“Questions of the past are heavily instrumentalized”
Georgiy Kasianov, currently researching at the University of Basel, is one of the leading Ukrainian historians. In the interview, he talks about the instrumentalization of history in conflicts – and what historians can do about it.
Georgiy Kasianov, your research focuses on the political use and misuse of history. What role does history play in the conflict in the Ukraine today?
I would not say that it is an exclusively Ukrainian feature to produce more history than it can consume (to recall a famous Churchill’s phrase about Balkans); it’s a general trend we’ve see in Europe for the last several decades. However, in Ukraine the level of instrumentalization of the past is extremely high and it critically affects the internal unity of the country which is divided culturally. Certain regions (East and South) are more inclined towards so-called Soviet nostalgic narratives of the past, while others lean towards classical national or ambivalent, mixed narratives (Central and Northern Ukraine) or even radical nationalist narratives (the West). These narratives have been instrumentalized and politicized so they provide grounds for internal conflicts. Even more so now that we have a war in the eastern Ukraine and both sides use the past to legitimize their position.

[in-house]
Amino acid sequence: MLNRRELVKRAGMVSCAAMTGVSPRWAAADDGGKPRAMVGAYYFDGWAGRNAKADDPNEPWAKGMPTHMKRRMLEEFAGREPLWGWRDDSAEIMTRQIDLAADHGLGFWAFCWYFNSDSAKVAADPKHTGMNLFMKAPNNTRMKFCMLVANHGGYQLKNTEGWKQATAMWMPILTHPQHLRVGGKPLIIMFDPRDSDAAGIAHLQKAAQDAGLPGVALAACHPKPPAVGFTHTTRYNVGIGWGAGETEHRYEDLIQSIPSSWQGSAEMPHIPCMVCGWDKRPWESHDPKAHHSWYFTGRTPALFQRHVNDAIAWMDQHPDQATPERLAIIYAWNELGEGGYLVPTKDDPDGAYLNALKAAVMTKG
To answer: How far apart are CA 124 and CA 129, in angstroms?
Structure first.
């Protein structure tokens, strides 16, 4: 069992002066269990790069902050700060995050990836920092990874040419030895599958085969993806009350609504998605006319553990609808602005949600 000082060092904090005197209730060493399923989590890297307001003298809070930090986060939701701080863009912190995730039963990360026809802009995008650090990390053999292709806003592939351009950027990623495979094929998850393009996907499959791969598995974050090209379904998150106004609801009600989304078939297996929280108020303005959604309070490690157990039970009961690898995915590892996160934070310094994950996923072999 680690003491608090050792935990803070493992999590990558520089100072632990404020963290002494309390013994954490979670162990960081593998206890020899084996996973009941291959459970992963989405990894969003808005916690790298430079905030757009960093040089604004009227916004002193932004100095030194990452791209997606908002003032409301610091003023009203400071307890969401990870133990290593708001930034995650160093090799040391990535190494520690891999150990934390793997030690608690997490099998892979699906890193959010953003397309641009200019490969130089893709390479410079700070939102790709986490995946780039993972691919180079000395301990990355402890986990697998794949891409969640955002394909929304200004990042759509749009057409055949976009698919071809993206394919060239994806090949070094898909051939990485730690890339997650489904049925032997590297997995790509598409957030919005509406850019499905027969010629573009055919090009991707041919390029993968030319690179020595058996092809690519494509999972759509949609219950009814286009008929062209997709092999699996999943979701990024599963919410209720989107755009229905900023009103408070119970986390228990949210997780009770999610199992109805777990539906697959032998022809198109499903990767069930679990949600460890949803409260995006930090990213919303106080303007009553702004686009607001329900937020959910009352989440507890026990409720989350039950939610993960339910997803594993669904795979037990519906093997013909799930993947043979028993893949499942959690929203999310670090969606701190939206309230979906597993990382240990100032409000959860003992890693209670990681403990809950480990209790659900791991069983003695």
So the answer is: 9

Where can these narratives be observed in everyday life?
For instance, the Russia-backed rebels in the East intensively use the narrative of the Great Patriotic War. When they call their opponents Banderowzy (a synonym for fascists’ collaborators) or Karately (punishers) they use the Soviet language of the Second World War. The Ukrainian side uses terminology which also has its roots in the past; they employ nationalist rhetoric from the Second World War nationalist guerilla and Kosak myths to underline their position and strengthen their spirit. This is nothing new, there are numerous cases in history where we can see, that in times of political power struggles, issues of the past are brought back up as placeholders for current problems.
Why are this historical narratives so powerful and seductive to people?
I do not believe that people think intensively about history in their daily lives nor that they are so obsessed by the past, that they actively bring it into the present. The past is being instrumentalized and manipulated to make it look more appealing. When people find themselves in complicated and frightening situations – political, economic, social, etc. – they are looking for something that gives them stable grounds. History is one of the tools that can be used for this purpose. In the Ukrainian case, I would say that history or an instrumentalized past serves as a kind of civic religion, and this is why it is so attractive and so compelling. And this is why politicians use it so intensively.
What can you as a historian hold up against this?
Well, it is not an easy task for historians and academics to oppose this. Of course, we try to explain that the past belongs to the past and that we should focus on solving our contemporary problems. Unfortunately, we do not have the same kind of resources as politicians do, which makes it a very unfair fight. As historians, we try to explain what happened in the past and why we should not be so obsessed with it. However, there are much more powerful forces interested in doing the exact opposite, using history as war propaganda. Unfortunately, a lot of historians are also willing to serve politicians.